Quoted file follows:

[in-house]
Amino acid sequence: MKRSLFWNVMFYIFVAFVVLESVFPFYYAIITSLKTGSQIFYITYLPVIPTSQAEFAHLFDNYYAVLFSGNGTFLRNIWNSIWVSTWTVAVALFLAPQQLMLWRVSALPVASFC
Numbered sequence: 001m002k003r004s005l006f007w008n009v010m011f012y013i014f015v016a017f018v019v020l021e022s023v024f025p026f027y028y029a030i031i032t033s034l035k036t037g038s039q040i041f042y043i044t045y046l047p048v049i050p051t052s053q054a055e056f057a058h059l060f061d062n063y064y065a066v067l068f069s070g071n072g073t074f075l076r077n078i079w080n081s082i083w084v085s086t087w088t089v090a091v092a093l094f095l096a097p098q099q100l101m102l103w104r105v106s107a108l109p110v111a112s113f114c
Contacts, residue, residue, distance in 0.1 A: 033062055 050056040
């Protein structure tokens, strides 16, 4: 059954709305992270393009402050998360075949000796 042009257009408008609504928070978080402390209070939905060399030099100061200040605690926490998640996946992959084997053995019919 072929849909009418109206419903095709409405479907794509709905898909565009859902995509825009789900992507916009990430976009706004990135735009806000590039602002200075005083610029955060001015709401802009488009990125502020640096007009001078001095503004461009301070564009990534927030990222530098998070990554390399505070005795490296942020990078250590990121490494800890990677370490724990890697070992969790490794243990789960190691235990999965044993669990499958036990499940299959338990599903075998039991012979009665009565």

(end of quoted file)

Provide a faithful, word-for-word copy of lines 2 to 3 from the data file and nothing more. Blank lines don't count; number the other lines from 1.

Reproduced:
Amino acid sequence: MKRSLFWNVMFYIFVAFVVLESVFPFYYAIITSLKTGSQIFYITYLPVIPTSQAEFAHLFDNYYAVLFSGNGTFLRNIWNSIWVSTWTVAVALFLAPQQLMLWRVSALPVASFC
Numbered sequence: 001m002k003r004s005l006f007w008n009v010m011f012y013i014f015v016a017f018v019v020l021e022s023v024f025p026f027y028y029a030i031i032t033s034l035k036t037g038s039q040i041f042y043i044t045y046l047p048v049i050p051t052s053q054a055e056f057a058h059l060f061d062n063y064y065a066v067l068f069s070g071n072g073t074f075l076r077n078i079w080n081s082i083w084v085s086t087w088t089v090a091v092a093l094f095l096a097p098q099q100l101m102l103w104r105v106s107a108l109p110v111a112s113f114c